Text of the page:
By that definition, Parks is unequivocally a genius herself. (She is by many other definitions, too, including that of the MacArthur Foundation, which named her one of its “Genius” Grant recipients in 2001.) Her own ability to commune with others through her work can, at least in part, be traced to her nomadic origins. Growing up in a military family, she spent her early life moving throughout the U.S., as well as spending a brief stint in Germany. She eventually made her way to Mount Holyoke College in South Hadley, Massachusetts, where, at first, she resisted playwriting. Enter Baldwin. 

She cites the celebrated writer-activist’s appraisal of her work—that grand assurance that she’d be one of the greatest creative minds of her generation—as the best feedback she’s ever received. “Unfortunately, it would’ve crushed most writers,” she says. “Would I give that to a writer today? No, I wouldn’t. I think you have to be real tough to get a compliment of that nature. And I found out just how tough I am by getting it.” 

Today, Parks finds herself in the position of educator, teaching writing at both NYU and as part of the Public Theater’s “Watch Me Work” master class series. The way she teaches—along with telling students to show up and listen, of course—is by acting less as a professor and more as a “guru.” (She also only hands out A’s: “The grade is just a grade because that’s what the academic institution requires.”) 

“I’m just going to hold the lamp to light your way and say, ‘Good job. Keep going. Oh, you kinda fucked up there a bit. You’re lying there. Why are you lying?’ ” she explains. “And then, the writer, she learns by doing it. Yes, good writing—great writing—can be taught. The question is, how? It’s taught by practice. The blank page will teach you everything—well, 75% of what you need to know. Or maybe 85%. And then you can learn the rest by observation.”

In writing, observation means reading, which Parks has done voraciously—playwrights like Shakespeare, August Wilson, and Edward Albee, as well as classic novelists like Dickens and Melville (“Yeah, some of the dead white men, but, hey, they’re good”). Reading the greats, she insists, will also teach you structure and technique; without those, you can have the best ideas in the world or be able to construct truly gorgeous sentences, but you’ll still write “like the Mississippi: making a mess because it’s all overflowing,” Parks says.

“Writing is craft, just like for actors. It’s not just, ‘I’m pretty and I have a lot of raw emotions.’ Who the fuck cares? Do you have craft? Do you have technique? Skill? Reading Shakespeare taught me technique, how to channel that shit,” she says. “That’s when you can take it and you can ground that shit, and not only write a play that works one night, but write a play that works 100 nights in a row for all kinds of different actors, all kinds of different languages. To be a great writer or a great craftsperson, it’s a combination of the passion, the drive, and technique. Every comma gets sweated over, every beat—it’s like rhythm in music.”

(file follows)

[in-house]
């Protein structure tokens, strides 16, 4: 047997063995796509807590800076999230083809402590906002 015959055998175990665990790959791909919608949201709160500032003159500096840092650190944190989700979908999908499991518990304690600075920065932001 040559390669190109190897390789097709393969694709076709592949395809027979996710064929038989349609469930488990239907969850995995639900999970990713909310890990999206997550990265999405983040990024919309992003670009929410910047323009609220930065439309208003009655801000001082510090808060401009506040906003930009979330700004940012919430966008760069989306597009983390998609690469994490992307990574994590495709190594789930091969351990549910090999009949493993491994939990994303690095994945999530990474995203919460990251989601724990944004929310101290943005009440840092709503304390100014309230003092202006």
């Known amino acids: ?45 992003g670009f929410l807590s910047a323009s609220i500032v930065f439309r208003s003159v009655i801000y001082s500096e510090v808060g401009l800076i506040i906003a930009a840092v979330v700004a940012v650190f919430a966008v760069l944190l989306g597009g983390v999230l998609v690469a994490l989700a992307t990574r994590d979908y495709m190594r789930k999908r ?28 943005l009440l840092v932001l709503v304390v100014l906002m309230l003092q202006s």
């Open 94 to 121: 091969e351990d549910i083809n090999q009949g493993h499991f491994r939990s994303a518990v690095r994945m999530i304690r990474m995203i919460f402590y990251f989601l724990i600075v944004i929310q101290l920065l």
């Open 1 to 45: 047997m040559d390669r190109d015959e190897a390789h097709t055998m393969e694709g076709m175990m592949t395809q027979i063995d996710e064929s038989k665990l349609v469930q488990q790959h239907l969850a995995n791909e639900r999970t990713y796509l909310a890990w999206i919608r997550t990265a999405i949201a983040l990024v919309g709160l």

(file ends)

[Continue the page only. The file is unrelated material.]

Though “Genius” is the most overtly musical project Parks has ever worked on, rhythm has always factored prominently into her writing. It’s why she always reads her work out loud to herself long before any actor sees it. Swilling the words around in her own mouth, she believes, is her authorial duty, just as if she were making a boat instead of an episode of television. “I wouldn’t want to tell an actor, ‘Hey, get in the boat! I just slapped this together. How about it?’ ” she says. “Nah, man. I don’t want you to get into the boat until I’ve deemed it seaworthy. Because then they’d be getting water out of the boat in buckets. And that’s not their job. It’s my job to make it seaworthy. It’s your job, as the actor, to row.” 

Parks always has the actor in mind when writing. She likens the writer-actor relationship to that of the composer to the orchestra—the latter interpreting but ultimately amplifying the work of the former. What she never consciously thinks about when writing is the “message,” that reduction of “what people should take away with them after seeing this play.” Parks paraphrases Sam Shepard, another playwright-philosopher of the American id, who was seminal in forging her writing identity: “I know what it’s about by writing about it.”

“It’s tricky, this whole thing of branding, like, ‘That’s my style,’ or, ‘That’s my voice,’ ” she says. “I’ve talked to a lot of writers, especially up-and-coming writers, who want to find their voice, their ‘thing.’ And I’m like, ‘Do your thing so that I may know you.’ That is how you find out what your voice is. You don’t decide beforehand.”

So, what is Parks’ “thing”? What makes a piece of work a Suzan-Lori Parks work? “I don’t know what my style is, except to keep showing up. It might be edgy and sexy and raw and irreverent and fantastical, and you can dance to it,” she says. And in tackling matters of race and gender, suffering and death, the ultimate mark of Parks’ work is its nuance and the very fact that you can’t reduce it to just one thing. 

There’s an element, however, you can always count on: “I try to introduce the fact of humor, because otherwise, people just take it like, ‘This play is about racism. Oh, my God!’ and it’s like, you’re missing it, baby,” she says. “I think I can deliver the shit that I deliver because I’m laughing so much.”

This story originally appeared in the Sept. 10 issue of Backstage Magazine. Subscribe here.

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Photographed by Kwaku Alston/National Geographic

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Casey Mink
Casey Mink is the senior staff writer at Backstage. When she's not writing about television, film, or theater, she is definitely somewhere watching it.